As healthcare reform looms large on the nation’s conscious, a quieter, less-news-sexy crisis is slowly eating away at the system itself.

By 2020, a drastic shortage of nurses in New Jersey could render any healthcare reform in the state useless. A recent study on the state’s nurses by the Collaborative Center for Nursing estimates that due to overstressed workloads in a state with nearly 9 million residents, the age of the average nurse here (56), and fewer people entering the profession, New Jersey’s pool of nurses could diminish just as history’s largest population of elderly, the Baby Boomers, reach their mid-80s.

The New Jersey Chamber of Commerce is hosting “The Business Summit On the Nursing Crisis” on Friday, September 18, at 8 a.m. at the Crowne Plaza in Monroe. Cost: $195. Visit www.nj, or call 908-975-3211.

CCN argues that the major reasons the field is drawing such sparse interest are near-nonexistent retirement benefits, bad salaries, lack of advancement and job opportunities, and oppressive work environments.

According to the study, more than half of the state’s nurses say they have too few colleagues already, leading to a growing inability to do their jobs effectively. In practical terms, that means that nurses are becoming less able to spot important changes in a patient’s condition, something 40 percent of the surveyed nurses stated.

Burnout, exhaustion, and multiple long shifts are also turning people away from the field, according to the study, a problem common to other professionals, including police officers and firefighters.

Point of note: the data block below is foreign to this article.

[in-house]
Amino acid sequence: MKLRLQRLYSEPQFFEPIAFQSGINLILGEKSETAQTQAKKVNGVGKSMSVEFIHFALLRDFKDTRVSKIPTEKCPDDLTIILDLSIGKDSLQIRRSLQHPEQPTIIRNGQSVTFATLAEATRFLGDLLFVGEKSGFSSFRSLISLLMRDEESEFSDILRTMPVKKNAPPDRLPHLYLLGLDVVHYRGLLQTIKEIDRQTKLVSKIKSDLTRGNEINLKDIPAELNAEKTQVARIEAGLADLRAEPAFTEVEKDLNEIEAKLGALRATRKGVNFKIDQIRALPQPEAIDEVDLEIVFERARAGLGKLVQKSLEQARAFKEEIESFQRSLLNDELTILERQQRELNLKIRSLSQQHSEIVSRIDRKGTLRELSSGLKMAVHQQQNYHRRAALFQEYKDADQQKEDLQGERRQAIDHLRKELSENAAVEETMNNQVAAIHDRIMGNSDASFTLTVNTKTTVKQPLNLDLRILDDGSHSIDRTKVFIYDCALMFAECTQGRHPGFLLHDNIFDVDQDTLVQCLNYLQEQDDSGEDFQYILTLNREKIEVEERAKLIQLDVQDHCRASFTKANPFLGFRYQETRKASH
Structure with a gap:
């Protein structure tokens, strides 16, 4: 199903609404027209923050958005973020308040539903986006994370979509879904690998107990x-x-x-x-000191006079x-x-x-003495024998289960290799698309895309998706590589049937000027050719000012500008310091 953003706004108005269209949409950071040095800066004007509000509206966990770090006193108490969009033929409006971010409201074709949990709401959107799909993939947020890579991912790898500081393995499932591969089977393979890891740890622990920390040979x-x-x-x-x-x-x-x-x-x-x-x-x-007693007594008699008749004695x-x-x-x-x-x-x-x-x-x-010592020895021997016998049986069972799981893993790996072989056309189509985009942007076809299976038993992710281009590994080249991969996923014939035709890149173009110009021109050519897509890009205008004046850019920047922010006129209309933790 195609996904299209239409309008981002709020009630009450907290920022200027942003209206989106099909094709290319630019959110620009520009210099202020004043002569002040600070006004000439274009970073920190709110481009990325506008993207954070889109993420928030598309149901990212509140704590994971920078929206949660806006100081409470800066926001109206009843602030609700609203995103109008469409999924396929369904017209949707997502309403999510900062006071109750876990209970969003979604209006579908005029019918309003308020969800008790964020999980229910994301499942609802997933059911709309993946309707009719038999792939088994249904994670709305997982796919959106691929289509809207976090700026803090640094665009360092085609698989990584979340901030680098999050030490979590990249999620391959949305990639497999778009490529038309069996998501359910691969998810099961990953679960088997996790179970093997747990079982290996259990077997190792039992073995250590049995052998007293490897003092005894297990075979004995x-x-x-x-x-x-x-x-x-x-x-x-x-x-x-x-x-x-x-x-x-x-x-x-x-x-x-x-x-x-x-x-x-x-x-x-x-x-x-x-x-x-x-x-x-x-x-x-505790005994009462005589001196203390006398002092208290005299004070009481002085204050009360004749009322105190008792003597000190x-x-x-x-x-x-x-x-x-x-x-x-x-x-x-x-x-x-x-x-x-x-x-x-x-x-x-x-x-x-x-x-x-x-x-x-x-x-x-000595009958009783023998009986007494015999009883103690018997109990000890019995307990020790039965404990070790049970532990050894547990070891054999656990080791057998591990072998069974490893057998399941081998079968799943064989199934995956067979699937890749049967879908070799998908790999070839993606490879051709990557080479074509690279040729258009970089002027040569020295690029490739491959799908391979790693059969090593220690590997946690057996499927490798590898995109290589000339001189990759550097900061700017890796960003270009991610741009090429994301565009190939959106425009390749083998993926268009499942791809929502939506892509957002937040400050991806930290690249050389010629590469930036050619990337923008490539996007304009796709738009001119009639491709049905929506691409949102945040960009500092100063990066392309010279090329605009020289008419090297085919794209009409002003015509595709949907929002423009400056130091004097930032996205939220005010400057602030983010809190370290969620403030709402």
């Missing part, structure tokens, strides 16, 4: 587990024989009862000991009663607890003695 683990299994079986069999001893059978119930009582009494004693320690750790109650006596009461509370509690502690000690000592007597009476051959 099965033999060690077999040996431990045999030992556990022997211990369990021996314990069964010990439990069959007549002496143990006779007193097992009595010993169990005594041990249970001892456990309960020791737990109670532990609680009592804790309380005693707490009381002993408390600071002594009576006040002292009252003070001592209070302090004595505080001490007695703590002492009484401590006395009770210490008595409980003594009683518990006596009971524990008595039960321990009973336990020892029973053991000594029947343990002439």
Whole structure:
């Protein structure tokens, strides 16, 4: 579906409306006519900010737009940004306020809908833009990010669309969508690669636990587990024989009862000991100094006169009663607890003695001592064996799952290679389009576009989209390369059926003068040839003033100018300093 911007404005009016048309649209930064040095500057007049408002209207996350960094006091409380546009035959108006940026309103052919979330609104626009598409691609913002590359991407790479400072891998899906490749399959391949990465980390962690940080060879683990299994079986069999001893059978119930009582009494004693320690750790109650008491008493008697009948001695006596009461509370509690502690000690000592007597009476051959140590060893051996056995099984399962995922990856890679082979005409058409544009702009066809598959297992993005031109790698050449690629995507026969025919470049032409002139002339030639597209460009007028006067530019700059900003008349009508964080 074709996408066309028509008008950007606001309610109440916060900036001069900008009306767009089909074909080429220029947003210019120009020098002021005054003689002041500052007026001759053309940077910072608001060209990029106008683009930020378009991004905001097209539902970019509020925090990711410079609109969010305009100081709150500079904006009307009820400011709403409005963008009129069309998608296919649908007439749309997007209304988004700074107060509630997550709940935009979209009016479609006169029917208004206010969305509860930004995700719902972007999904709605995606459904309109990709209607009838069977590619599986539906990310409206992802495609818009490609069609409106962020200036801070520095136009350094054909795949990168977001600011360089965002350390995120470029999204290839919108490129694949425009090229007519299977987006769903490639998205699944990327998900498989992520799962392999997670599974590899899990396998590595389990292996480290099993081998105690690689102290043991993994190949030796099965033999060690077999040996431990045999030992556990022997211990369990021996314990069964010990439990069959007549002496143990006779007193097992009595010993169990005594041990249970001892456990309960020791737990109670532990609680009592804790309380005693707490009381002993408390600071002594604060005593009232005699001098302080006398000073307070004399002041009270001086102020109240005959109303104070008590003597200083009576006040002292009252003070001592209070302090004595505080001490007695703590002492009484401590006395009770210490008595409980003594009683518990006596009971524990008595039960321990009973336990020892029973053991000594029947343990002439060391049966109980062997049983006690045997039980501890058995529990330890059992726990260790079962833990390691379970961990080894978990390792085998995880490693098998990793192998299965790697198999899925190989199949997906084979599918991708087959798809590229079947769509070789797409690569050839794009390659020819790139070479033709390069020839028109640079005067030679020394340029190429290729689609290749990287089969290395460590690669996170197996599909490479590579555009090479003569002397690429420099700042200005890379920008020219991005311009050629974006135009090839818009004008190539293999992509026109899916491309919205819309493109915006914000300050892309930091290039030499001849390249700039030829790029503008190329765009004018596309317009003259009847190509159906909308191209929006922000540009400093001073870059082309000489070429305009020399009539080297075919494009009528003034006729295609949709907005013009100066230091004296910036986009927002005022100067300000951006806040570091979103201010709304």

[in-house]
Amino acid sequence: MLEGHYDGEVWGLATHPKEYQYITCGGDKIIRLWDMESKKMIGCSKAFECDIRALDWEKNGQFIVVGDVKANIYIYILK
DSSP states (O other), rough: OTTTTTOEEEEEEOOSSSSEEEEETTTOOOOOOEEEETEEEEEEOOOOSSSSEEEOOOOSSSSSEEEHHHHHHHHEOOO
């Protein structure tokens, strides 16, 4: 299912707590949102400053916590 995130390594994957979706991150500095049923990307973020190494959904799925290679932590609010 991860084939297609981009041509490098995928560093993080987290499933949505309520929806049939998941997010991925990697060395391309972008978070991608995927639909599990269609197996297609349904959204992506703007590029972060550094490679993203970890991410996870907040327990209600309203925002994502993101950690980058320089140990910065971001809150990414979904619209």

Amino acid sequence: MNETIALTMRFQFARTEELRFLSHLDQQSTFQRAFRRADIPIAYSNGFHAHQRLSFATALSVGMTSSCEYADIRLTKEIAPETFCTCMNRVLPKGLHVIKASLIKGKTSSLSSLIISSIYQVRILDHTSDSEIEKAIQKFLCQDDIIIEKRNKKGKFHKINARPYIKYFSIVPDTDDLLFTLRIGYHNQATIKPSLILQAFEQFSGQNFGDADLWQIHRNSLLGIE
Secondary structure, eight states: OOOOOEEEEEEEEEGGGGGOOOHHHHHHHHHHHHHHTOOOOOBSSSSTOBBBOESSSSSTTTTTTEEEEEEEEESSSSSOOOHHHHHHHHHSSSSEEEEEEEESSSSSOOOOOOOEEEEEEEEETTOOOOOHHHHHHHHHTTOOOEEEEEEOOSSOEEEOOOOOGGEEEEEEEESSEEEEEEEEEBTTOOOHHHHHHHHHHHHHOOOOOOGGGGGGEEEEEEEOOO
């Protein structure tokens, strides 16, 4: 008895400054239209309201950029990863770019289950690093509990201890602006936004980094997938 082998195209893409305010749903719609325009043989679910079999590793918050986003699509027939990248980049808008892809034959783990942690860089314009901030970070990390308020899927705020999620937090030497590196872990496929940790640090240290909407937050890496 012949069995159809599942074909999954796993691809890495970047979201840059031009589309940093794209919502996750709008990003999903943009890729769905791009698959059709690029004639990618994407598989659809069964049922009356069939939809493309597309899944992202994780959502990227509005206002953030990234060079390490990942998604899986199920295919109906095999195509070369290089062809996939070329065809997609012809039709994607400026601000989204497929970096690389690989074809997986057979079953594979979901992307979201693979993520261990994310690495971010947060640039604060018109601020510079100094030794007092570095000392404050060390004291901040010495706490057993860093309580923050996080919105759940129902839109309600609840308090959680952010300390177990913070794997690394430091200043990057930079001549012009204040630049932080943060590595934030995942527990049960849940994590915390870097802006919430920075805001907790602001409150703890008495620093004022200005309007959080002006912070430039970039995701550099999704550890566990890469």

Another key finding of the study is that the nursing shortage is exacerbated by inadequate schooling. Nurses with advanced degrees are in extremely high demand, and those who could teach more effective nursing are wooed away by salaries that, though often inadequate themselves, are higher in the field than they are at school.

The study estimates that nursing schools in New Jersey would have to graduate triple the number of students in order to stave off the shortage predicted by 2020. There are 43 nursing schools in New Jersey, which graduated almost 3,000 nurses in 2008, according to the New Jersey Nursing Initiative.

In July, NJNI, which is funded by the Robert Wood Johnson Foundation on College Road East, launched a $22 million program offering free tuition to nursing master’s and doctoral candidates in the state, including a $50,000 annual stipend to teaching nurses.

According to NJNI, there are more than 11,400 nurses in this state, and 15 percent of registered nurses are expected to retire in five years. Consequently, the state needs more than 18,700 nurses to avoid the projected 2020 shortfall and maintain even its current effectiveness.

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